John HANNELL married Mary Ann (Wickers) Norton, on the 14th July, 1838, at the Christ Church, a ceremony conducted by Rev. C.P.N. WILTON. She was 21 years of age, and he just 23 yrs. John and Mary had a baby, Jane Elizabeth, on the 16th April, 1839. The now, family of four, lived for a while in Pacific St, Newcastle.

In 1841, John decided to follow his brother James, into the Hotel business. He applied for the Licence of the 'Wheat Sheaf Inn' at Hexham, north of Newcastle, on the Hunter River. This position also carried the position of Post Master, at Hexham. He was to maintain this Licence for many years.

John moved his family to Hexham and soon showed his rather remarkable entrepreneurial abilities. It wasn't long before he became a most prominent member of the colony of Newcastle. Having such close proximity to the Hunter River, and, as such, a direct access to the harbour at Newcastle, John became an invaluable 'River Pilot' for shipping Masters who were unfamiliar with the River. Jumping ahead a little to emphasize this point, it must be said that in 1853, J. B. GLEADOW, Master, 'Victoria Packet', wrote that; "John Hannell, pilot, took charge of the barque, 'Victoria Packet', 170 tons, from Raymond Terrace, and piloted her down from thence to Newcastle, during which time he conducted the ship to my satisfaction, and I can strongly recommend him to any masters of ships that require his services."

Not only did John Hannell direct the Post Office, pilot the odd ship, tender to the requirements of a thirsty village, but he was a sportsman of repute. He often won sailing races on the river, including the 1845 Regatta Trophy, (pictured), sailing his own boat, "Bee", but was also prominent in the formation of Horse Racing in the area. He built a race course in front of the Hotel! He also played, and sponsored, cricket in the area.

Tragedy struck in 1853, when a fire destroyed the Wheat Sheaf Inn, and it had to be replaced. It was at the new hotel in Hexham, that the infamous 3d (threepence) I.O.U. became a talking point. It was common practice in those days, for businesses to use 'cardboard money', or tokens. John Hannell was a very clever man. By issuing change in the form of an I.O.U., written of cardboard, he ensured that the people he gave them to, had to use them at his establishment, because they were no good at the other pub in Hexham!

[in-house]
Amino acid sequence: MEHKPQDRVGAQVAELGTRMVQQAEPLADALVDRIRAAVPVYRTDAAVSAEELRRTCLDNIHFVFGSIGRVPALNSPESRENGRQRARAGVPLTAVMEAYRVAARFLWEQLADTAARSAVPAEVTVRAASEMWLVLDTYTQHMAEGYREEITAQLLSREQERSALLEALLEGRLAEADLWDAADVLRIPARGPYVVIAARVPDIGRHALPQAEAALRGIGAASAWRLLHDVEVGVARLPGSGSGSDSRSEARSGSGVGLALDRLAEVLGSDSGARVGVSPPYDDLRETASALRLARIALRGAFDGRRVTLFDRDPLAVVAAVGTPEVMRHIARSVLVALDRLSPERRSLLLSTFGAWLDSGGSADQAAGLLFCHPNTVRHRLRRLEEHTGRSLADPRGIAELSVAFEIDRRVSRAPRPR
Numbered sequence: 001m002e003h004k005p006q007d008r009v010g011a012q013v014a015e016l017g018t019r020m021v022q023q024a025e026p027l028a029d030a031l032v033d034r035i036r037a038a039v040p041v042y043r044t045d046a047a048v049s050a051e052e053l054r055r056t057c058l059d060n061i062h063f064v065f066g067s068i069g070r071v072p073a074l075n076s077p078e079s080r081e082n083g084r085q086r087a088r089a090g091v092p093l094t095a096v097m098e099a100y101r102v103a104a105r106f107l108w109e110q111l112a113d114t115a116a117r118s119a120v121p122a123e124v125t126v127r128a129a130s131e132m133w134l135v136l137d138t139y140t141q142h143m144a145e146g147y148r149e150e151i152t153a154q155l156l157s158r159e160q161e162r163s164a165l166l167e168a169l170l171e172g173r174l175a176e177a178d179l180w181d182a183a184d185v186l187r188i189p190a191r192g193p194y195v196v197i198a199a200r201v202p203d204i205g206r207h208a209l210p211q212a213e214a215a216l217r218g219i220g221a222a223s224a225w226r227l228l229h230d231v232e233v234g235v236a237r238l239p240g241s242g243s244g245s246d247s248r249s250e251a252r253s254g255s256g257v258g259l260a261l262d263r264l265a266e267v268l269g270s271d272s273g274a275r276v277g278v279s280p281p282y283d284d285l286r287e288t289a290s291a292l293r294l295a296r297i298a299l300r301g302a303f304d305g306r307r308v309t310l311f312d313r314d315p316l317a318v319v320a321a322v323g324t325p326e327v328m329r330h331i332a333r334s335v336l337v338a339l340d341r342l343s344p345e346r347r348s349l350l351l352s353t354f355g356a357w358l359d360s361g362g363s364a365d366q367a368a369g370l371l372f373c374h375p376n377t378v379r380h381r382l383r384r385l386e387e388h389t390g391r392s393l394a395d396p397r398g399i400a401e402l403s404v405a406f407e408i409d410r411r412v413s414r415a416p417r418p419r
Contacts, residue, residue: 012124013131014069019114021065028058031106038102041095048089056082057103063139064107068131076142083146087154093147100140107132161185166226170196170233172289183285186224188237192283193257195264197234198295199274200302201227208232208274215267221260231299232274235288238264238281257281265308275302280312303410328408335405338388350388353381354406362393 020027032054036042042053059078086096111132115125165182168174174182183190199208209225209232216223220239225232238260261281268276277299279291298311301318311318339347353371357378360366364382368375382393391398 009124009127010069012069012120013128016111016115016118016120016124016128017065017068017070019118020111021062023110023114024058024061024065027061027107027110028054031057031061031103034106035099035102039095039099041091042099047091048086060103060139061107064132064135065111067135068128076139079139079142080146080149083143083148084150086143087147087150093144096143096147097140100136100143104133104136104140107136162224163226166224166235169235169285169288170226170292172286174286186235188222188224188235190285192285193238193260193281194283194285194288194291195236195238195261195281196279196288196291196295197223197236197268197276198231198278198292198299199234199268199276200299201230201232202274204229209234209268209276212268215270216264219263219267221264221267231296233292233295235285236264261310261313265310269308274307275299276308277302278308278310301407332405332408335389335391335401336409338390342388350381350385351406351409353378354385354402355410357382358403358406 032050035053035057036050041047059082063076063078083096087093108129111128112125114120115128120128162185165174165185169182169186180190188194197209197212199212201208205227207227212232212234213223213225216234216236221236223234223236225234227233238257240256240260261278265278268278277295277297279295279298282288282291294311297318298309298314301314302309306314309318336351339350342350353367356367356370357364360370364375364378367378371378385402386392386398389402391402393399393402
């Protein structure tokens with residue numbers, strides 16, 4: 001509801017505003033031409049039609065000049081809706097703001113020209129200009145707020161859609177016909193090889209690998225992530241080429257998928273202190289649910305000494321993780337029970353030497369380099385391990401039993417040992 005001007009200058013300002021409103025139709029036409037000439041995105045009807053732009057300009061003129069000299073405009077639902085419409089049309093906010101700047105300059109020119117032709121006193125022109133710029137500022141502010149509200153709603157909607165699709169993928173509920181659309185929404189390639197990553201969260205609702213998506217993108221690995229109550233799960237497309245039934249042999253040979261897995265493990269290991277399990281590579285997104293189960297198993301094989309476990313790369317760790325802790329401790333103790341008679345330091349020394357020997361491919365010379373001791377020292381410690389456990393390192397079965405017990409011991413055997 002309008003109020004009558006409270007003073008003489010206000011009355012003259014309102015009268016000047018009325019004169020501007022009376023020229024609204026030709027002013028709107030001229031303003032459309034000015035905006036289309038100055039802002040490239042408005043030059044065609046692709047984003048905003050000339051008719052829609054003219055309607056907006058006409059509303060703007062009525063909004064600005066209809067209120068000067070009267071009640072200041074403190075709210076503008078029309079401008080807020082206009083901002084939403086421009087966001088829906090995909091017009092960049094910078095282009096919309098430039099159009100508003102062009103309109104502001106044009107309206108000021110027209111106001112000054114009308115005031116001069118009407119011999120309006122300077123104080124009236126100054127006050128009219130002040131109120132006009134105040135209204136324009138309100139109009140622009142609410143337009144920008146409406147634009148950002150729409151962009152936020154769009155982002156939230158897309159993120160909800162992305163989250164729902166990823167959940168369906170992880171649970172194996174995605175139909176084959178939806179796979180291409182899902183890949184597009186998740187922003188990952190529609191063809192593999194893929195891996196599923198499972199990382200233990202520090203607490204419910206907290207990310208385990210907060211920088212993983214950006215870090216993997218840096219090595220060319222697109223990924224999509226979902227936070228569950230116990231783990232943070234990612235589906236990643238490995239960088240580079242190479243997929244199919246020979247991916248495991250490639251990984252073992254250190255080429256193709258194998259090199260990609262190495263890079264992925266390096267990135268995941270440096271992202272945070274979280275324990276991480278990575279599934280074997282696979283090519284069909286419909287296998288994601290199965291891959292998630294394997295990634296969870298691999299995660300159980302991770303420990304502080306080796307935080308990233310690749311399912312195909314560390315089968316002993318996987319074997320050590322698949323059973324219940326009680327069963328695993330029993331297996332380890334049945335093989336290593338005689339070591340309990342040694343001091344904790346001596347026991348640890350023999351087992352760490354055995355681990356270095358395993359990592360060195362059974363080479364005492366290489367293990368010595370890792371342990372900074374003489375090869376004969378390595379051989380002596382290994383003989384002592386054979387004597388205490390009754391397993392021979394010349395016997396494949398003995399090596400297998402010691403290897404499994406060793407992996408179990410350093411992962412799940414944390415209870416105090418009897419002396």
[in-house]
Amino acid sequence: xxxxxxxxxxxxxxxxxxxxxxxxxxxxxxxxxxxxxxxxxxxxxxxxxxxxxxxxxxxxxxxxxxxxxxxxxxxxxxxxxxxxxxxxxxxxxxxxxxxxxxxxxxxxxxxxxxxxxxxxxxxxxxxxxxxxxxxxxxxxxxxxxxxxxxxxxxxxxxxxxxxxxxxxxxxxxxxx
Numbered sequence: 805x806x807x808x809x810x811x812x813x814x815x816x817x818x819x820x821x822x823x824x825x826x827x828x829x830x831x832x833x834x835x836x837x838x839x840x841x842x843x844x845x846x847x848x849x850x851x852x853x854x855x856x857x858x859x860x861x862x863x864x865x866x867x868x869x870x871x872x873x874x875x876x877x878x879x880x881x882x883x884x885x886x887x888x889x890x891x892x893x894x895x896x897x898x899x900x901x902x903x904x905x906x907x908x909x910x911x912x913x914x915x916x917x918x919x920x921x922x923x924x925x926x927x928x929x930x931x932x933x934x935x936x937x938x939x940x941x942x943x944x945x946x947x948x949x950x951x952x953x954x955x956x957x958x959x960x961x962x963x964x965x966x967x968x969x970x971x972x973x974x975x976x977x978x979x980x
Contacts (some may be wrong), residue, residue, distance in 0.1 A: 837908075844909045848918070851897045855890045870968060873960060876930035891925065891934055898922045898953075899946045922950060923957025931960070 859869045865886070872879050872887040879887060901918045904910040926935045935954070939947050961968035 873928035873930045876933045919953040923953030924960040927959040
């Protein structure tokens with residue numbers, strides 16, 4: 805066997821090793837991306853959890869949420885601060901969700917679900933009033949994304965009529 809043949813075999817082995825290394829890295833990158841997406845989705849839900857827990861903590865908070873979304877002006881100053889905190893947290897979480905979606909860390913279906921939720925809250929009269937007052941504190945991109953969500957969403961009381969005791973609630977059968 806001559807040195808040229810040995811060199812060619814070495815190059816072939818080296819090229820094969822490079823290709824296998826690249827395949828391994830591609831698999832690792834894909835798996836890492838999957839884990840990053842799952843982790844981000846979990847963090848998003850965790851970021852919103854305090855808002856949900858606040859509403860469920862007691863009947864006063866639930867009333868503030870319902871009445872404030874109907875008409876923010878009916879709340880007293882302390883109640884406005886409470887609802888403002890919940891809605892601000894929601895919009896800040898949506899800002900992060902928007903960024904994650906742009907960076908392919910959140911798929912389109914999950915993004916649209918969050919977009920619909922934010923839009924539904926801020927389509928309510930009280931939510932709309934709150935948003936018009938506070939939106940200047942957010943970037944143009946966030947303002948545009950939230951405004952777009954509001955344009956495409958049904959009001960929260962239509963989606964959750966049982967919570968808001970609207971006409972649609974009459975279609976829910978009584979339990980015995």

John also became responsible for assisting travellers. Coaches stopped at his Hexham House, on the way North, and South. His house, which was erected around 1856, was situated just west of the Great Northern rail line, and close enough to operate the future rail gates, which were in place until around the 1960's, when the new highway was built from Maitland to Newcastle. The land often flooded, somewhat, during exceptional rainfall, so John organised the digging of a dyke, accessing egress or drainage to the River. This dyke is still there, today, but is often referred to as a creek, when, in fact, it was man-made!

Hexham House

Elizabeth, his step-daughter, had married Joseph TURTON on 27th August, 1855, (John Hannell's birthday), and lived in a nearby house, built on John's property. The first Grandson, William John TURTON, arrived in 1856.

By 1862, crossing the Hunter River became a necessity, and a punt service was installed. As Hexham was such a busy inland shipping point for river traffic, the addition of this punt was responsible for a tremendous influx of travellers to the area. One such traveller, was Martin James CARROLL.

He succeeded in winning the heart of Jane Elizabeth HANNELL, and they were married on 28th February, 1866. Martin was an Irishman, born in Loughrea, County Galway, around 1833. He was a Wine traveller. They also made their home in Hexham, but were lucky to be able to live in the Hexham House.

Jane Elizabeth Carroll (née Hannell)

Martin and Jane had many children, but were hit by tragedy in 1889, when two of their sons were hit by a train and killed. This prompted John to build a Family Vault on his land near the river. The Vault is still in existence to this day, and is under Heritage Listing by the National Trust... letter to Douglas CARROLL from M. J. Green, Administrator, 10th August, 1989.

John Hannell died on the 7th May, 1891, after a brief illness and, following a short interment at Tarro, was exhumed and placed in the now completed Family Vault, at his beloved Hexham property. The National Trust of Australia, classified this monument/burial ground, and included it on its Register, in 1989.

His last Will and Testament showed an estate sworn at £13,856.

see also:

HANNELL, John (Walton) - Addendum 1
HANNELL, John (Walton) - Addendum 2
HANNELL, John (Walton) - Addendum 3
A 'skeleton in the closet' - EMERTON Vs. HANNELL


No comments:

Post a Comment

The leaving of Comments is welcomed, and available to Anyone, including Google and Blogger account holders, and OpenID.
All Comments made on this Blog are Moderated by me, before Publication.
I also apologise for the need to have Word Verification in place.
Thank you,

Note: Only a member of this blog may post a comment.